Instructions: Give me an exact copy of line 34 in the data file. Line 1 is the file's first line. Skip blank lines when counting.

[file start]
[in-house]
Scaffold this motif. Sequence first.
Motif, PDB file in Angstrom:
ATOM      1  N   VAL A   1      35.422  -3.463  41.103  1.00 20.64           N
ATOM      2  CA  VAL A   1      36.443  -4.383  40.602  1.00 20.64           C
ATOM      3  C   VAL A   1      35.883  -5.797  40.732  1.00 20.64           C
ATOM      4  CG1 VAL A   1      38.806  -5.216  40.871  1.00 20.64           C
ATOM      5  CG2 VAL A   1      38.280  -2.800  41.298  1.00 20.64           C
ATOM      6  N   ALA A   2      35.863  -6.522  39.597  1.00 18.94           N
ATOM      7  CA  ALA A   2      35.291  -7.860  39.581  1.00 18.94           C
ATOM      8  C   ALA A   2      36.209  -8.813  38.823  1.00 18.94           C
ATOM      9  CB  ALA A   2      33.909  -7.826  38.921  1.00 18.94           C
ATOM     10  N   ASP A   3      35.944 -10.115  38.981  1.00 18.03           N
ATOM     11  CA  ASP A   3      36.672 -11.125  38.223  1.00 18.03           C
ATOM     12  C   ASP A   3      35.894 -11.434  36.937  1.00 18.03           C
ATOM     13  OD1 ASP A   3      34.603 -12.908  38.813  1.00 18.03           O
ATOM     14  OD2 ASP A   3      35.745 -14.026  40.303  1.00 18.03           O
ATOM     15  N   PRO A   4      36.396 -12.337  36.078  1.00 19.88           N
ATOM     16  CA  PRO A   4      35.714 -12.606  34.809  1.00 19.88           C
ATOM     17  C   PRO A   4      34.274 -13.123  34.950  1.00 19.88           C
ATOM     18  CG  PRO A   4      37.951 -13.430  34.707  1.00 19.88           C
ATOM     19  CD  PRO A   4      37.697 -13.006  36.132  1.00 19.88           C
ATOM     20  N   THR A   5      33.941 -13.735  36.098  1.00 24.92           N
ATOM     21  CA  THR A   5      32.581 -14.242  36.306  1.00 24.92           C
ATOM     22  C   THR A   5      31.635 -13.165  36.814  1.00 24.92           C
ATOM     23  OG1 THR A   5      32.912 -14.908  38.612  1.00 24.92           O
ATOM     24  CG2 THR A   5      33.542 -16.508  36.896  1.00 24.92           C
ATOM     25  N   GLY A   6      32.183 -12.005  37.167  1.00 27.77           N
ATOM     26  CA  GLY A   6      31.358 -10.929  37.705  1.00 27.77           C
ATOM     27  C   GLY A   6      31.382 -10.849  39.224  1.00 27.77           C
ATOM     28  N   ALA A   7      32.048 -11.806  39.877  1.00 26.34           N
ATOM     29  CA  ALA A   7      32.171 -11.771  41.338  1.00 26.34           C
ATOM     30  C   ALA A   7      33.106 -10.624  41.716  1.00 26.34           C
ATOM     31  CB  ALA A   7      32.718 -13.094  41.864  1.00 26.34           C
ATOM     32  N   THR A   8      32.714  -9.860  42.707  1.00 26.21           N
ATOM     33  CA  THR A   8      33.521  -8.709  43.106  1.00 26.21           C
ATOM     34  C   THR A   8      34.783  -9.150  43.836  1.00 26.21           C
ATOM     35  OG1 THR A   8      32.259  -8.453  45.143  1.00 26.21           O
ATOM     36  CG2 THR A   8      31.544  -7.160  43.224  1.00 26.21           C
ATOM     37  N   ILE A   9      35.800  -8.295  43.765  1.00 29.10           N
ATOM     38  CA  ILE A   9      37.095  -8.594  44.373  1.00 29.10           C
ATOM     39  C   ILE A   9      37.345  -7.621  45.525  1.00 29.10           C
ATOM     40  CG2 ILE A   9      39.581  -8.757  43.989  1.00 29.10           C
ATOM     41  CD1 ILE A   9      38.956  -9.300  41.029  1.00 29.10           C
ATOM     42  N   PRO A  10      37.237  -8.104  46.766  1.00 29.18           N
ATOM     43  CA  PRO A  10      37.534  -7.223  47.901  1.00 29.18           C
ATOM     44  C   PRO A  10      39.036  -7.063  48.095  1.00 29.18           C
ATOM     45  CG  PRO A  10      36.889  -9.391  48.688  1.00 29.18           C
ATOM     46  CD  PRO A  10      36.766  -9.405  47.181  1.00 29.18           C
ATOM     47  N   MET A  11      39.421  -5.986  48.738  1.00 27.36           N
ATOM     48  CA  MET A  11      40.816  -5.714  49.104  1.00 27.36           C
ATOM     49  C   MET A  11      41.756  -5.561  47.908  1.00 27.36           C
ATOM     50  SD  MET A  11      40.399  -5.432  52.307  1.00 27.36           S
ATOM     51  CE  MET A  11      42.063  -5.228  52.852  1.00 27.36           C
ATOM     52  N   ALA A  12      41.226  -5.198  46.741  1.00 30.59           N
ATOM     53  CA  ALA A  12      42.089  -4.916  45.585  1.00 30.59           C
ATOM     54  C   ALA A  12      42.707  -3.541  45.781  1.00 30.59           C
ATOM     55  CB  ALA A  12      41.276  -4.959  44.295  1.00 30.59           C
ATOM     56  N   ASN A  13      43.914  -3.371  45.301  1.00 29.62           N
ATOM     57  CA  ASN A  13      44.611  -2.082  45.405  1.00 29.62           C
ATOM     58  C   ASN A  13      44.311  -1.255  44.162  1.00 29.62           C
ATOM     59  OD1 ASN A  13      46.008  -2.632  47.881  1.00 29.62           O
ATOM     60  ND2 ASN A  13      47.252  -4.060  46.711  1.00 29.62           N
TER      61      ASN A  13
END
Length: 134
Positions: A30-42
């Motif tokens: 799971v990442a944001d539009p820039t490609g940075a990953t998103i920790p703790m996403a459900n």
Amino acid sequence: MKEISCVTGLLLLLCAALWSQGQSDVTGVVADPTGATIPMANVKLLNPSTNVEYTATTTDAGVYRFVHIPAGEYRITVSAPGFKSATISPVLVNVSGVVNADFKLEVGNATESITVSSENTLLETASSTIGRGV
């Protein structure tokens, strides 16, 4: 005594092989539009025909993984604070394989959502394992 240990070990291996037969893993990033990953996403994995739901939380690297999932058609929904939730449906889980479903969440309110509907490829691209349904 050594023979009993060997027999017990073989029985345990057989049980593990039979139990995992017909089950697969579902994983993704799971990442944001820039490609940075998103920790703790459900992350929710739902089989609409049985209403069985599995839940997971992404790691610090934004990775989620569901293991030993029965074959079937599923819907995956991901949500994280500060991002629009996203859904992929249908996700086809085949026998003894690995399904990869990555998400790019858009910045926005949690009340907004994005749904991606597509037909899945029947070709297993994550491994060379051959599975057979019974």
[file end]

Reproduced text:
ATOM     31  CB  ALA A   7      32.718 -13.094  41.864  1.00 26.34           C